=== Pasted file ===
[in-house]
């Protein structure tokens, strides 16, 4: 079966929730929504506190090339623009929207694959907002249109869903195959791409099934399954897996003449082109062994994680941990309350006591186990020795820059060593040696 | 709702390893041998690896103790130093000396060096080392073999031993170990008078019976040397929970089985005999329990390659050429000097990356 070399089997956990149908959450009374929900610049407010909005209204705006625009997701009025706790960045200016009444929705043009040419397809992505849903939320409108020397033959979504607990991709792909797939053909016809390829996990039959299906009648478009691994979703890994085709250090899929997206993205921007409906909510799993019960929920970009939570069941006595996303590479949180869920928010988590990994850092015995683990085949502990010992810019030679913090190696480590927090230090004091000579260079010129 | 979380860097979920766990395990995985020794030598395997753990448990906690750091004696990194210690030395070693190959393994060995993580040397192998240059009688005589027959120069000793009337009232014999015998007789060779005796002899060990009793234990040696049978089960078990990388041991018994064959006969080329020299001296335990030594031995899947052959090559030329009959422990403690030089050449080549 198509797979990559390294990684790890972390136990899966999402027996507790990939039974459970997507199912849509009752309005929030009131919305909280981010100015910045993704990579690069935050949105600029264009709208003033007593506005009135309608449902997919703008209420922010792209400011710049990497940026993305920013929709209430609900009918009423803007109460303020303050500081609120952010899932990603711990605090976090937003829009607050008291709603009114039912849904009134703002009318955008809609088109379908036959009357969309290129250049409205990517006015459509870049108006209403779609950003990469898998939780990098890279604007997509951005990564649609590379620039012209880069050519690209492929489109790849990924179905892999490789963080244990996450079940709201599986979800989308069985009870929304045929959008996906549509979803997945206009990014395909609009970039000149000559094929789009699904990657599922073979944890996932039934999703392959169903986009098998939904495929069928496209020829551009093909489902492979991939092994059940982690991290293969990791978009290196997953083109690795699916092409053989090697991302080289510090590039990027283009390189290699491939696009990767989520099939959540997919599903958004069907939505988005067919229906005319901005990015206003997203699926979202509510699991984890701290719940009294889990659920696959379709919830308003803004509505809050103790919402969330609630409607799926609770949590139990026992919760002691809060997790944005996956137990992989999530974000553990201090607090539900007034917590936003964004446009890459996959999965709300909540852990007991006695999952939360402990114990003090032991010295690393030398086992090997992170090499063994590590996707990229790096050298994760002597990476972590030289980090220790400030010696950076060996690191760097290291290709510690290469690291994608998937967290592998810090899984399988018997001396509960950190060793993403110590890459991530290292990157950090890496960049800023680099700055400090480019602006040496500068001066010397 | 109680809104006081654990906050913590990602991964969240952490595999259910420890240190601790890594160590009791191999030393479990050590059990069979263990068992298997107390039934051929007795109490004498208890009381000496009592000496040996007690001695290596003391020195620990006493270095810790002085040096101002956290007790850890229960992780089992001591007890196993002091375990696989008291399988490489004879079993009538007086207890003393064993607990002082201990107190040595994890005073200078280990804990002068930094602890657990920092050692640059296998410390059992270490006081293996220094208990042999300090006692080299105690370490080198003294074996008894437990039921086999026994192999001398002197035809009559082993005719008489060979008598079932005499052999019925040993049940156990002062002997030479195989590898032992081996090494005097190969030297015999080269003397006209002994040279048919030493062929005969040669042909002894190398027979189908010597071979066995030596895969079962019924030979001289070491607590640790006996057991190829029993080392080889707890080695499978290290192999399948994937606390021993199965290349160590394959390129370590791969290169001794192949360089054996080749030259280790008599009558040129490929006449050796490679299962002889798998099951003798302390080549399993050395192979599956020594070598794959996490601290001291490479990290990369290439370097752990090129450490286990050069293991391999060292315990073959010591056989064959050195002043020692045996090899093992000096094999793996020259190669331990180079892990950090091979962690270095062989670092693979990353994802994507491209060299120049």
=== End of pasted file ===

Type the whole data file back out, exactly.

[in-house]
């Protein structure tokens, strides 16, 4: 079966929730929504506190090339623009929207694959907002249109869903195959791409099934399954897996003449082109062994994680941990309350006591186990020795820059060593040696 | 709702390893041998690896103790130093000396060096080392073999031993170990008078019976040397929970089985005999329990390659050429000097990356 070399089997956990149908959450009374929900610049407010909005209204705006625009997701009025706790960045200016009444929705043009040419397809992505849903939320409108020397033959979504607990991709792909797939053909016809390829996990039959299906009648478009691994979703890994085709250090899929997206993205921007409906909510799993019960929920970009939570069941006595996303590479949180869920928010988590990994850092015995683990085949502990010992810019030679913090190696480590927090230090004091000579260079010129 | 979380860097979920766990395990995985020794030598395997753990448990906690750091004696990194210690030395070693190959393994060995993580040397192998240059009688005589027959120069000793009337009232014999015998007789060779005796002899060990009793234990040696049978089960078990990388041991018994064959006969080329020299001296335990030594031995899947052959090559030329009959422990403690030089050449080549 198509797979990559390294990684790890972390136990899966999402027996507790990939039974459970997507199912849509009752309005929030009131919305909280981010100015910045993704990579690069935050949105600029264009709208003033007593506005009135309608449902997919703008209420922010792209400011710049990497940026993305920013929709209430609900009918009423803007109460303020303050500081609120952010899932990603711990605090976090937003829009607050008291709603009114039912849904009134703002009318955008809609088109379908036959009357969309290129250049409205990517006015459509870049108006209403779609950003990469898998939780990098890279604007997509951005990564649609590379620039012209880069050519690209492929489109790849990924179905892999490789963080244990996450079940709201599986979800989308069985009870929304045929959008996906549509979803997945206009990014395909609009970039000149000559094929789009699904990657599922073979944890996932039934999703392959169903986009098998939904495929069928496209020829551009093909489902492979991939092994059940982690991290293969990791978009290196997953083109690795699916092409053989090697991302080289510090590039990027283009390189290699491939696009990767989520099939959540997919599903958004069907939505988005067919229906005319901005990015206003997203699926979202509510699991984890701290719940009294889990659920696959379709919830308003803004509505809050103790919402969330609630409607799926609770949590139990026992919760002691809060997790944005996956137990992989999530974000553990201090607090539900007034917590936003964004446009890459996959999965709300909540852990007991006695999952939360402990114990003090032991010295690393030398086992090997992170090499063994590590996707990229790096050298994760002597990476972590030289980090220790400030010696950076060996690191760097290291290709510690290469690291994608998937967290592998810090899984399988018997001396509960950190060793993403110590890459991530290292990157950090890496960049800023680099700055400090480019602006040496500068001066010397 | 109680809104006081654990906050913590990602991964969240952490595999259910420890240190601790890594160590009791191999030393479990050590059990069979263990068992298997107390039934051929007795109490004498208890009381000496009592000496040996007690001695290596003391020195620990006493270095810790002085040096101002956290007790850890229960992780089992001591007890196993002091375990696989008291399988490489004879079993009538007086207890003393064993607990002082201990107190040595994890005073200078280990804990002068930094602890657990920092050692640059296998410390059992270490006081293996220094208990042999300090006692080299105690370490080198003294074996008894437990039921086999026994192999001398002197035809009559082993005719008489060979008598079932005499052999019925040993049940156990002062002997030479195989590898032992081996090494005097190969030297015999080269003397006209002994040279048919030493062929005969040669042909002894190398027979189908010597071979066995030596895969079962019924030979001289070491607590640790006996057991190829029993080392080889707890080695499978290290192999399948994937606390021993199965290349160590394959390129370590791969290169001794192949360089054996080749030259280790008599009558040129490929006449050796490679299962002889798998099951003798302390080549399993050395192979599956020594070598794959996490601290001291490479990290990369290439370097752990090129450490286990050069293991391999060292315990073959010591056989064959050195002043020692045996090899093992000096094999793996020259190669331990180079892990950090091979962690270095062989670092693979990353994802994507491209060299120049």